Bloating reasons and relief
A family nurse practitioner breaks down the most common reasons people feel bloated and what you can do to find relief.
37 minutes | Dec 10, 2019
Why is my period late?
A missed period can signal much more than pregnancy. An OB-GYN discusses six of the most common reasons your period may be late.
37 minutes | Dec 3, 2019
What is safety leadership in the workplace? How are leadership and management different? Find out these answers and more as three experts discuss these topics and try to fill awkward silences in this episode of Work Factors.
32 minutes | Nov 26, 2019
Fad diets: Intermittent fasting, KETO and more
A family medicine physician at the Texas A&M College of Medicine discusses fad diets and the health benefits--and risks--for each.
24 minutes | Nov 19, 2019
Sex and intimacy in older age
An expert from Texas A&M Center for Population Health and Aging discusses health concerns and stigmas associated with sex and intimacy for older adults.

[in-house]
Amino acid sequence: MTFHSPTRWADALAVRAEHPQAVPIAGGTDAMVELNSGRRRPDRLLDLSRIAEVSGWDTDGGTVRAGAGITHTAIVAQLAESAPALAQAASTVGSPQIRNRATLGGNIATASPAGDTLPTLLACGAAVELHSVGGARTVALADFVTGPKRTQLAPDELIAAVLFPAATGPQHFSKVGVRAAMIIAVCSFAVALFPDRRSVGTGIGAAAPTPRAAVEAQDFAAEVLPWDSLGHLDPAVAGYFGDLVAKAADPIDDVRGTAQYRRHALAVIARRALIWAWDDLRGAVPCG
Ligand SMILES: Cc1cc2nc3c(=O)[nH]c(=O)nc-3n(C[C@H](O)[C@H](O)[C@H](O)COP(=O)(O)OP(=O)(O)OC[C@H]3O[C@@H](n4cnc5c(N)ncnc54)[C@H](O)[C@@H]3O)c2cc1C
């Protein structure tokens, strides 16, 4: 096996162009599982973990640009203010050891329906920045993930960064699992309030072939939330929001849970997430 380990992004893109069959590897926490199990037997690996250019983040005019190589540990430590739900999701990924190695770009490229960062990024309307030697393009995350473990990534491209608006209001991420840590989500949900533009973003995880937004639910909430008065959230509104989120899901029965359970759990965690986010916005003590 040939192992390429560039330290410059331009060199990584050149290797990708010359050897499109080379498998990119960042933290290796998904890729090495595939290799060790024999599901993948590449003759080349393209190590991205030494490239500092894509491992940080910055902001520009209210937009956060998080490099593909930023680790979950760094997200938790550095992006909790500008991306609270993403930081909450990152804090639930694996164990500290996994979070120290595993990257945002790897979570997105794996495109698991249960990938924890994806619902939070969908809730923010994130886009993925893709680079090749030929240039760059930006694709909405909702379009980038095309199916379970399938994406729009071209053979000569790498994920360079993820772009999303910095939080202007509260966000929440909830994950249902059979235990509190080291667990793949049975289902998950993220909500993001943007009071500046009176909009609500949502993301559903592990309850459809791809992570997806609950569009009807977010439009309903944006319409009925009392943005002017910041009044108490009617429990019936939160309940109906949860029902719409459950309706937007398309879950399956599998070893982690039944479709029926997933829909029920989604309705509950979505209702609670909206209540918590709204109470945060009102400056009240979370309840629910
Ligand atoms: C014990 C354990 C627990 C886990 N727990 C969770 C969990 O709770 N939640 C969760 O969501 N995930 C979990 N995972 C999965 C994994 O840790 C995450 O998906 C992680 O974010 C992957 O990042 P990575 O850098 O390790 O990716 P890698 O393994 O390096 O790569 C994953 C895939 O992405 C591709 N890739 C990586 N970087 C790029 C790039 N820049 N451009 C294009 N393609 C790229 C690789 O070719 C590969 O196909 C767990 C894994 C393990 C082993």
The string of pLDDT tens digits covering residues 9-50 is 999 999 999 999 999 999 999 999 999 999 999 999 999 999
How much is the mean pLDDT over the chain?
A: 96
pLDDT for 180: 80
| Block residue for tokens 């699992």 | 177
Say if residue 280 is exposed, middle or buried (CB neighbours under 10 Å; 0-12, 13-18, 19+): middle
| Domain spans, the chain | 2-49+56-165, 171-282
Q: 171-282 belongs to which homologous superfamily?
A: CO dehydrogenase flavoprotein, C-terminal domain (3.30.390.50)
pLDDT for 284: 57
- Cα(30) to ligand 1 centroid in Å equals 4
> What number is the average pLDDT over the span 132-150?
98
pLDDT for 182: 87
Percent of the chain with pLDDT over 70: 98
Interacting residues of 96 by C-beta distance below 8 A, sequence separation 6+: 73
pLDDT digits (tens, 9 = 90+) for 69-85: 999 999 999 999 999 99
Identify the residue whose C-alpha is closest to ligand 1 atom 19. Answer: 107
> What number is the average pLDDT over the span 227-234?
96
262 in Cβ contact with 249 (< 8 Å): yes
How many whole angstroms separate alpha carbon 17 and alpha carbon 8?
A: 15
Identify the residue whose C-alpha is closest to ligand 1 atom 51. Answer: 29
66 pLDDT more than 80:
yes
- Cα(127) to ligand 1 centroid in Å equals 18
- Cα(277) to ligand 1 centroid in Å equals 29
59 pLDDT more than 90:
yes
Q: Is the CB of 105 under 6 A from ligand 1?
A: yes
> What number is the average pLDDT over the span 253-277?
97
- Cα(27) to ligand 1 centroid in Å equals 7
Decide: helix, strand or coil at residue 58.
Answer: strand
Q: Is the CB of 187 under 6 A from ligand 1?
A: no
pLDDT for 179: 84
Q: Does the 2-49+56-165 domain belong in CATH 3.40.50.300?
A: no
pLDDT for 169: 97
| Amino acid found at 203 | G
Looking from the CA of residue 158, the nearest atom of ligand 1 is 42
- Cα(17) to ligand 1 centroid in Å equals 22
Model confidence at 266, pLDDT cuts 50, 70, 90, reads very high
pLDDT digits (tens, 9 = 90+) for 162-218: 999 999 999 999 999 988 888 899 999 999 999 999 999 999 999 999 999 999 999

31 minutes | Nov 12, 2019
Diagnosis: TB or not TB?
We sit down with Jeffrey D. Cirillo, PhD, a Regents' professor in the Department of Microbial and Molecular Pathogenesis at the Texas A&M College of Medicine, to discuss his work on diagnosing diseases like tuberculosis quickly stopping the spread of the infection.
26 minutes | Nov 5, 2019
Are ADD and ADHD the same thing?
Andrew Harper, MD, child and adolescent psychiatrist and clinical professor at the Texas A&M College of Medicine, explains attention deficit hyperactivity disorder (ADHD), common symptoms, medications and why it's no longer referred to as ADD.
26 minutes | Oct 29, 2019
Raising awareness about bullying
October in National Bullying Prevention Month, so it's a great time to talk about bullying and what parents, teachers, health care providers and community members can do to prevent and stop these behaviors.
39 minutes | Oct 22, 2019
Exploring breast cancer research
For breast cancer awareness month this October, listen to a breast cancer researcher explain her work on why some women get breast cancer, while others don't, and why they can have very different outcomes.
39 minutes | Oct 15, 2019
What do procedures have to do with ergonomics?
Work procedures: what are they? Learn what's important about writing and following work procedures and effects on worker health and safety in this episode of Work Factors.
Terms of Service
Do Not Sell My Personal Information
© Stitcher 2021